Summer Island Page 42

Jere walked over to Caroline. “Care?”

The tenderness in his voice told Nora all she needed to know. There might be trouble between Caro and Jere-maybe big trouble-but underneath all that there was love, and with love, they had a chance.

“You shouldn't have come,” Caro said, crossing her arms. She took a step backward, and Nora knew her daughter was afraid of getting too close to this man she loved so deeply.

“No,” he said softly, “you shouldn't have left. Not without talking to me first. Can you imagine how-” His voice cracked. “how I felt when I got your letter?”

“I thought-”

“Your letter, Caro. All these years and you leave me a letter that says you'll be back when you feel like it?”

Caro looked up at him. “I thought you'd be glad I left, and I couldn't stand to see that.”

“You thought.” He sighed, ran a hand through his hair. “Come home,” he whispered. “Mom's watching the kids for the rest of the weekend.” Caroline smiled. “She'll be bleeding from her ears before tomorrow morning.”

“That's her problem. We need some time alone.”

“Okay.” Caroline turned and went upstairs. She came down a minute later with her overnight bag. She enfolded Ruby in a fierce hug, whispering something that Nora couldn't hear; and then both girls laughed.

Finally, Caroline walked across the kitchen to Nora. “Thanks,” she said quietly.

“Oh, honey, I've waited a lifetime for last night.”

Caroline's eyes were bright. "I won't miss you anymore.

“No way. You can't get rid of me now. I love you, Caro.”

“And I love you, Mom.” Nora pulled her daughter into her arms and held her tightly, then slowly released her.

Jeremy took the overnight bag from his wife, then held on to her hand. Together; they left the house.

Ruby and Nora followed them as far as the porch, watching as the gray Mercedes followed the white Range Rover out of the driveway.

“She's gone,” Ruby said.

“She'll be back.” Nora stared out at the beautiful blue sky and choppy green sea. It was going to be a great day for sailing; no clouds, a little breeze shivering through the trees, sunlight on the water.

Ruby sidled up to Nora, stood so close their shoulders were touching. “I'm sorry, Mom.”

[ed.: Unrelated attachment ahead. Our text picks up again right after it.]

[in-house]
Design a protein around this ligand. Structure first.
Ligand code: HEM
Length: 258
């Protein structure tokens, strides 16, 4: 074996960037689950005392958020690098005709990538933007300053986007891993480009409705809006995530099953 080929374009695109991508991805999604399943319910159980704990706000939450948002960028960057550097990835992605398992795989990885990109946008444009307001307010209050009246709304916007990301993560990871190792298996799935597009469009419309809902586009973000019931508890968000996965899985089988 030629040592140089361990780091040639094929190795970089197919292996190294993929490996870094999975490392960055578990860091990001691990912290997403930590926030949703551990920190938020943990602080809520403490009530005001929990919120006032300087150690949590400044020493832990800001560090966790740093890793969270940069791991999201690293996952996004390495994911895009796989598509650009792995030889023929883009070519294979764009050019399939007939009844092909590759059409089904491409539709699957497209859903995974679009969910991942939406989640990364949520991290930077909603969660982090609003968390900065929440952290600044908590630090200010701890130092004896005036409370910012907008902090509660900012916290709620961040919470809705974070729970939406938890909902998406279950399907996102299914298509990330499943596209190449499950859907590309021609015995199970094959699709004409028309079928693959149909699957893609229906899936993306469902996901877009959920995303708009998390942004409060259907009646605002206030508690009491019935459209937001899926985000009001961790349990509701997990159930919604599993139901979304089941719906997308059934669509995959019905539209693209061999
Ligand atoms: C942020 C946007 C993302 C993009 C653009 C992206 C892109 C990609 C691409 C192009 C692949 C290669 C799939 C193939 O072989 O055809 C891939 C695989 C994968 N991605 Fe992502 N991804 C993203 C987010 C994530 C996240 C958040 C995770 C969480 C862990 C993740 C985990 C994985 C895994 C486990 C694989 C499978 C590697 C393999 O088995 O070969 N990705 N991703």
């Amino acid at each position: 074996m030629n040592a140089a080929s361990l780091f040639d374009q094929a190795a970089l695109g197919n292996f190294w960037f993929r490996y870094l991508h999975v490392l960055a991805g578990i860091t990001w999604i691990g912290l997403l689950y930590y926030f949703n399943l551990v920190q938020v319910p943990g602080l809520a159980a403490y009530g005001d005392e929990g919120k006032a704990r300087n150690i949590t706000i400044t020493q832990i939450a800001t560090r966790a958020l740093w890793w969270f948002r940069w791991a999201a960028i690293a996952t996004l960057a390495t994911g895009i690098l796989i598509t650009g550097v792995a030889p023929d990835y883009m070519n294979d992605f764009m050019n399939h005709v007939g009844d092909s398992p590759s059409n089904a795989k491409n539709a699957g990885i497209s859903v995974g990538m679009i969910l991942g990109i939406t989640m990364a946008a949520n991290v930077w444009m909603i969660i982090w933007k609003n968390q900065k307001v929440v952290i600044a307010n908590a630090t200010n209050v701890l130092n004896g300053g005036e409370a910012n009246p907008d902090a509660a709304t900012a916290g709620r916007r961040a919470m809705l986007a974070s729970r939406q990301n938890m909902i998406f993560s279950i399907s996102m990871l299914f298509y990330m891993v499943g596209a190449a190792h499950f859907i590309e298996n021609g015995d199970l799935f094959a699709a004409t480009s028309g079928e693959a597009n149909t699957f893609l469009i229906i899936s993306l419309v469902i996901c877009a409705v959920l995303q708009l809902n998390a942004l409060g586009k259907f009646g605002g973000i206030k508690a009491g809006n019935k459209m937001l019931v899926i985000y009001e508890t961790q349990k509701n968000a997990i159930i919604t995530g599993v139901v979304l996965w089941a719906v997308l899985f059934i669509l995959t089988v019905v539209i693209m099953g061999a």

Nora turned. “For what?”

Ruby looked different somehow. Serious. “For all the presents I sent back and all the years I stayed away. But mostly I'm sorry for being so damned unforgiving.”

Nora wasn't sure how it happened-who moved first-but suddenly they were clinging to each other; laughing and crying at the same time.

At exactly eleven, a boat horn blared. A loud ah-oo gab, ah-oo-gah. The Wind Lass pulled up to the dock.

Ruby glanced down at the water; watching Dean tie the boat down. “They're here.” There was a strand of worry in her voice.

Nora understood. “Are you afraid to see Dean?”

Ruby nodded.

Nora laid a hand against Ruby's cheek. “You could travel the world and you wouldn't find a better man than Dean Sloan.”

“He's not the problem. I am.”

“Your whole life has been tangled up with Dean. When someone pinched him, you got a welt in the same place. He's a part of you, Ruby, like it or not. Being afraid of him is like being afraid of your own arm. Just let go. Have fun. Let yourself remember the good times, not only the bad.”

Ruby looked up at her. "I want that, Mom. I want it so much

The sailboat honked its horn again.

“Grab the picnic basket,” Nora said, pointing to the pile of supplies on the kitchen table.

Within minutes, they were headed down the path to the beach. Nora moved as fast as her crutches would allow.

The sailboat was tied down. Dean was on the bow, holding the two ropes that held the boat against the dock. “Welcome aboard.”

Nora handed her crutches to Ruby and stepped carefully onto the boat, trying to ensure that her cast didn't leave a mark on the teak decking. When her balance was steady, she took her crutches and tossed them onto the settee belowdecks. Limping awkwardly, she sidled around the giant silver wheel and sat down beside Eric. A pillow rested behind his stocking capped head and a thick woolen Navajo blanket covered his body. Although he was smiling, he looked terribly pale and weak. The shadows were purple beneath his eyes. His lips were chapped and colorless.

Nora was shocked by his appearance. He looked so much worse than the last time she'd seen him. It wasn't Eric; this gaunt, too-fragile man was a whittled down version of him, perhaps, but when she looked into his huge, sad eyes, she saw the spirit that cancer couldn't touch. With exquisite gentleness, she curled an arm around him and drew him close.

He rested his head against her shoulder; shivering a little. “You feel good,” he murmured.

Dean started the engine. Ruby untied the boat and jumped aboard; they motored out of the bay, and when they passed the tip of the island, Dean rigged the mainsail.

The boat immediately heeled starboard and caught a gust of wind, slicing through the water.

Eric pressed his face into the wind, smiling brightly.

Nora tilted her head against his and stared out atthe lush, green islands. Ruby was up on the bow of the boat, standing in the wind. Nora didn't have to see her daughter's face to know that she was grinning.

Dean hurried below decks. When he came back up, Robert Palmer's “Addicted to Love” blared through the speakers.

On the bow, Ruby moved her hips to the beat. Nora imagined that she was singing-off key-at the top of her lungs.

There was a pause between songs, and the silence seemed endless and perfect, a moment trapped in a time that was somehow both then and now: Dean at the wheel, Eric and Nora sitting on the aft deck, Ruby poised at the bow, always eager to see where they were going.